• ... Corsten and Gruen (2003) contended that major activities in planning, store-based ordering and replenishment are attributable to OOS and OS occurrences. Formats of stores have also been linked to OOS and OS occurrences (Messinger & Narasimhan 1997; Uusitalo 2001) In order to gain a clearer understanding as to where and which activities influenced OOS and OS, the activities were classified in accordance to where they were carried out – inside the store or outside the store. Planning activities conducted outside the stores include transport deliveries, back store management; and activities related to inventory ordering include, manufacturers and suppliers management and the warehouse/distribution centre servicing the stores (Clark 2004; Emmelhainz, Emmelhainz & Stock 1991). ...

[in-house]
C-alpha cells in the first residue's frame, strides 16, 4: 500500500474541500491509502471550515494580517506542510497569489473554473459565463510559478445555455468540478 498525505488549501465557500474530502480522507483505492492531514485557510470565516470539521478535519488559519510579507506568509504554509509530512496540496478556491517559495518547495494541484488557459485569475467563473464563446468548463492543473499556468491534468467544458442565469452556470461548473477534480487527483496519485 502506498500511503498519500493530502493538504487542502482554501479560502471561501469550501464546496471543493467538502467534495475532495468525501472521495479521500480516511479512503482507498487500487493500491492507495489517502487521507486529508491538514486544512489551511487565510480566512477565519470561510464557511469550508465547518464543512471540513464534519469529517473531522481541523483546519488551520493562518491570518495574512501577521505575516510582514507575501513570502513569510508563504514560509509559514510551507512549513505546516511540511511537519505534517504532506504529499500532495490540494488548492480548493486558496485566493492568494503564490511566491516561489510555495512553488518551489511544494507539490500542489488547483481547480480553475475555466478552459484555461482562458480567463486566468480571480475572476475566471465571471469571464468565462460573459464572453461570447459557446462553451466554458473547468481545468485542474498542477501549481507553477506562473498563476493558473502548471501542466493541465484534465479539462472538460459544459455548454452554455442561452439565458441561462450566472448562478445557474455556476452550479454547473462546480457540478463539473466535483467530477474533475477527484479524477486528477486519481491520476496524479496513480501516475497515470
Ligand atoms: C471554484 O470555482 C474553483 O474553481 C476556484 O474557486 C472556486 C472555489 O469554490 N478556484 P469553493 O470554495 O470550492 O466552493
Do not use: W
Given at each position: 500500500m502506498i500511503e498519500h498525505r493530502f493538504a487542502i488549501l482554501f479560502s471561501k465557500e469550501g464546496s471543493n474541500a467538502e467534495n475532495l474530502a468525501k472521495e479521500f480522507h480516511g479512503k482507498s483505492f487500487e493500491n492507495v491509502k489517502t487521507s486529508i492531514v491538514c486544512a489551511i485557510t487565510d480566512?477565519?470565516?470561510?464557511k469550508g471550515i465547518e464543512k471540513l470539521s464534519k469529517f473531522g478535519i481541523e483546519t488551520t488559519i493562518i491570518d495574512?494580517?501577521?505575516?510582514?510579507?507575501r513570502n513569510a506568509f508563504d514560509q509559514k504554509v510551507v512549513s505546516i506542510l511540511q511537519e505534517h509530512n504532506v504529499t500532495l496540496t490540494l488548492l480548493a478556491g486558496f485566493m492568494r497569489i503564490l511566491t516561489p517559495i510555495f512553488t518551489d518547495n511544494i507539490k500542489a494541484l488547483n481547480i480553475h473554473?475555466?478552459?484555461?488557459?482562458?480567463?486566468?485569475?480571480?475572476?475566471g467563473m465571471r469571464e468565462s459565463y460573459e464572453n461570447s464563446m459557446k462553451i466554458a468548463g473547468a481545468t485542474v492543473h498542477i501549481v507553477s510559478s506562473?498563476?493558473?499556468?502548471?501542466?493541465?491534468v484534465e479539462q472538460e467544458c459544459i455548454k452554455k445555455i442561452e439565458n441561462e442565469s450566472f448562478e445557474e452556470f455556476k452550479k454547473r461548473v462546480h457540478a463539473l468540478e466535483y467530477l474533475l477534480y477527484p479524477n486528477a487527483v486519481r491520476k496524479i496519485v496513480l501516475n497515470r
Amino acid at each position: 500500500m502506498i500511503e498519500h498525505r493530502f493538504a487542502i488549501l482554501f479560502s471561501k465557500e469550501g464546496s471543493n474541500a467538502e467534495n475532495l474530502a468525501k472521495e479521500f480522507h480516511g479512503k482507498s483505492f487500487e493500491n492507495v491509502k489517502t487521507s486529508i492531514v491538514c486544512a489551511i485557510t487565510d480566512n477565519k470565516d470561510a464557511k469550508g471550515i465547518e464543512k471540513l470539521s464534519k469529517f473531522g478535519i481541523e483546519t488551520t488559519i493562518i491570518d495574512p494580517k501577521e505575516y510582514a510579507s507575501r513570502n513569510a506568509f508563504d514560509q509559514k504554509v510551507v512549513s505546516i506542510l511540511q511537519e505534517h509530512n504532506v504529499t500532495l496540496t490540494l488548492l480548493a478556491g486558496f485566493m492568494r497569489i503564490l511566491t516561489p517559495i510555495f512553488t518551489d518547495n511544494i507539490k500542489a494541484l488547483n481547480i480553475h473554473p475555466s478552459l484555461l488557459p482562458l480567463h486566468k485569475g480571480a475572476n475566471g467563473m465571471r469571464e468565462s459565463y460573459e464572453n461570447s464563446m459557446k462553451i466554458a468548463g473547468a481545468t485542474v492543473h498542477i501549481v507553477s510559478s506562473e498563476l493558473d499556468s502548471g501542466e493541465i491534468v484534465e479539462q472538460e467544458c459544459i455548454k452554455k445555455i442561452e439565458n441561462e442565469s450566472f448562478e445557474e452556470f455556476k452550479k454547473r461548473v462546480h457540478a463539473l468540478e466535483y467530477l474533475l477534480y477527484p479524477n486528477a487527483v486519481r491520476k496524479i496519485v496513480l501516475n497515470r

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    Purpose Previous research on on-shelf availability of stock tends to focus on strategic planning issues, including: consumer responses to stockouts, influence of product assortment, on-shelf availability management issues, the use of technology to improve on-shelf availability, inventory planning and ordering processes. Relatively few studies have been conducted on the management of in-store operations, specifically the “last 50 yards” of the supply chain. This paper examines in-store processes of a case study supermarket chain in this area, in relation to the management of on-shelf availability (OSA) to avoid out-of-stock or over stock occurrences. Research approach A single case study with multiple exemplars was employed using a qualitative approach to understand in-store processes, and OOS or OS occurrences in a supermarket chain in Singapore. A series of semi-structured interviews were conducted with twenty store managers within the chain – a representative sample. After each interview, on-site observations of the inventory order management and replenishment process were also conducted. Findings and Originality Initial results that consider four broad factors from literature; people, process, information and technology; indicate the following in relation to the company’s in-store processes: 1. Literature states that employees should be responsible for ensuring OSA using initiatives such as performance-based remuneration. However, in this case, such efforts were only effective at certain stages of in-store operations. 2. Lack of formal storage systems in back stores did not necessarily lead to delayed replenishment as extant literature has indicated. Replenishment staff in the case were able to improvise ways to establish informal storage systems to facilitate quick replenishment. 3. Whilst literature implies that on-site supplier collaborated ordering improves inventory visibility, data shows that failure to detect processing errors results in incorrect deliveries, impacting stores’ ability to ensure OSA. Case stores have provided suppliers with on line access in their own premises, reducing errors. 4. Literature states that stores’ ordering processes are improved by electronic ordering. Data shows that errors at data entry stage can deflect intended benefits of the system. While training at systems’ implementation stage is vital, devising a fool-proof data entry system is essential. Research impact Findings indicate that management should develop employee-level responsibility beyond what literature implies, to include on-shelf availability and back store management. In addition, supplier access to data through their own site access impacts ability to ensure on-shelf availability to avoid OOS and OS occurrences. Practical impact This study has shown the importance of management encouraging employees’ understanding of how on-shelf availability can affect continual store patronage, and including this issue in performance evaluation. Whilst prescribed in-store processes have been advocated to achieve on-shelf availability and ease of replenishment, employees should be empowered to vary implementation based upon experience and context in order to achieve required outcomes. Keywords: In-store process, out-of-stock, over stock, supermarkets.